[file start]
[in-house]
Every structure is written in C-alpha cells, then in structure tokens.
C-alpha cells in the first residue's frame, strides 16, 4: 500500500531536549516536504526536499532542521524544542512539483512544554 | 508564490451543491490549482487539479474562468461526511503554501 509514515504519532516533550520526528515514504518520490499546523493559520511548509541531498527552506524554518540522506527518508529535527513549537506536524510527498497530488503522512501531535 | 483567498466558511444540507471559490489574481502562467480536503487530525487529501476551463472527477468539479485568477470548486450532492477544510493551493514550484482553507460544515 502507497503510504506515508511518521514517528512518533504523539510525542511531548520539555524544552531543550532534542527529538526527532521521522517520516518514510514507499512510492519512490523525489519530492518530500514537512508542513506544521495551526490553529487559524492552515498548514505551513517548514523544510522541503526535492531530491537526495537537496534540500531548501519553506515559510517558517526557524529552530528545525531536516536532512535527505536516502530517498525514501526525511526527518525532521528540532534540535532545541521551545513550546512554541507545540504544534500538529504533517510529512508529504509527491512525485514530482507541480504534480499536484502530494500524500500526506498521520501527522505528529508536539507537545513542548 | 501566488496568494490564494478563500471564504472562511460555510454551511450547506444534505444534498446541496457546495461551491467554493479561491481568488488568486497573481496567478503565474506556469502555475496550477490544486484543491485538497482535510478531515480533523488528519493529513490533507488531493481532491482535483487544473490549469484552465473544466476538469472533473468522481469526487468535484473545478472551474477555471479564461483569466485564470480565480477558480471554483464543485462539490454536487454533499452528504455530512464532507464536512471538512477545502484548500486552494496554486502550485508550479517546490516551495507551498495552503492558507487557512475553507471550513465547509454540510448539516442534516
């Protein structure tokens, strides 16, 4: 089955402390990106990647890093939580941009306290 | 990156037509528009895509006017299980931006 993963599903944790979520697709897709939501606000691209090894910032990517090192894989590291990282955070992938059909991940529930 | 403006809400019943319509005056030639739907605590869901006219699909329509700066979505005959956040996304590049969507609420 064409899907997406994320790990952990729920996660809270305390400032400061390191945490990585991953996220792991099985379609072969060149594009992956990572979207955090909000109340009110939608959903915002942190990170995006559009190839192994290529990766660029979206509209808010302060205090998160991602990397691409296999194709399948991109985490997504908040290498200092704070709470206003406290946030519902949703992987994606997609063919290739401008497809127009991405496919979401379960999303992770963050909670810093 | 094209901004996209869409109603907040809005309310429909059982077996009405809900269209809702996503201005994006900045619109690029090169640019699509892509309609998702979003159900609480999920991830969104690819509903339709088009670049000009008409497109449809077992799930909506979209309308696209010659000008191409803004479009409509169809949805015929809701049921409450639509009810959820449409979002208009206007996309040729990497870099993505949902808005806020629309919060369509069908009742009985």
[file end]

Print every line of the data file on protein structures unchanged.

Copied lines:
[in-house]
Every structure is written in C-alpha cells, then in structure tokens.
C-alpha cells in the first residue's frame, strides 16, 4: 500500500531536549516536504526536499532542521524544542512539483512544554 | 508564490451543491490549482487539479474562468461526511503554501 509514515504519532516533550520526528515514504518520490499546523493559520511548509541531498527552506524554518540522506527518508529535527513549537506536524510527498497530488503522512501531535 | 483567498466558511444540507471559490489574481502562467480536503487530525487529501476551463472527477468539479485568477470548486450532492477544510493551493514550484482553507460544515 502507497503510504506515508511518521514517528512518533504523539510525542511531548520539555524544552531543550532534542527529538526527532521521522517520516518514510514507499512510492519512490523525489519530492518530500514537512508542513506544521495551526490553529487559524492552515498548514505551513517548514523544510522541503526535492531530491537526495537537496534540500531548501519553506515559510517558517526557524529552530528545525531536516536532512535527505536516502530517498525514501526525511526527518525532521528540532534540535532545541521551545513550546512554541507545540504544534500538529504533517510529512508529504509527491512525485514530482507541480504534480499536484502530494500524500500526506498521520501527522505528529508536539507537545513542548 | 501566488496568494490564494478563500471564504472562511460555510454551511450547506444534505444534498446541496457546495461551491467554493479561491481568488488568486497573481496567478503565474506556469502555475496550477490544486484543491485538497482535510478531515480533523488528519493529513490533507488531493481532491482535483487544473490549469484552465473544466476538469472533473468522481469526487468535484473545478472551474477555471479564461483569466485564470480565480477558480471554483464543485462539490454536487454533499452528504455530512464532507464536512471538512477545502484548500486552494496554486502550485508550479517546490516551495507551498495552503492558507487557512475553507471550513465547509454540510448539516442534516
């Protein structure tokens, strides 16, 4: 089955402390990106990647890093939580941009306290 | 990156037509528009895509006017299980931006 993963599903944790979520697709897709939501606000691209090894910032990517090192894989590291990282955070992938059909991940529930 | 403006809400019943319509005056030639739907605590869901006219699909329509700066979505005959956040996304590049969507609420 064409899907997406994320790990952990729920996660809270305390400032400061390191945490990585991953996220792991099985379609072969060149594009992956990572979207955090909000109340009110939608959903915002942190990170995006559009190839192994290529990766660029979206509209808010302060205090998160991602990397691409296999194709399948991109985490997504908040290498200092704070709470206003406290946030519902949703992987994606997609063919290739401008497809127009991405496919979401379960999303992770963050909670810093 | 094209901004996209869409109603907040809005309310429909059982077996009405809900269209809702996503201005994006900045619109690029090169640019699509892509309609998702979003159900609480999920991830969104690819509903339709088009670049000009008409497109449809077992799930909506979209309308696209010659000008191409803004479009409509169809949805015929809701049921409450639509009810959820449409979002208009206007996309040729990497870099993505949902808005806020629309919060369509069908009742009985």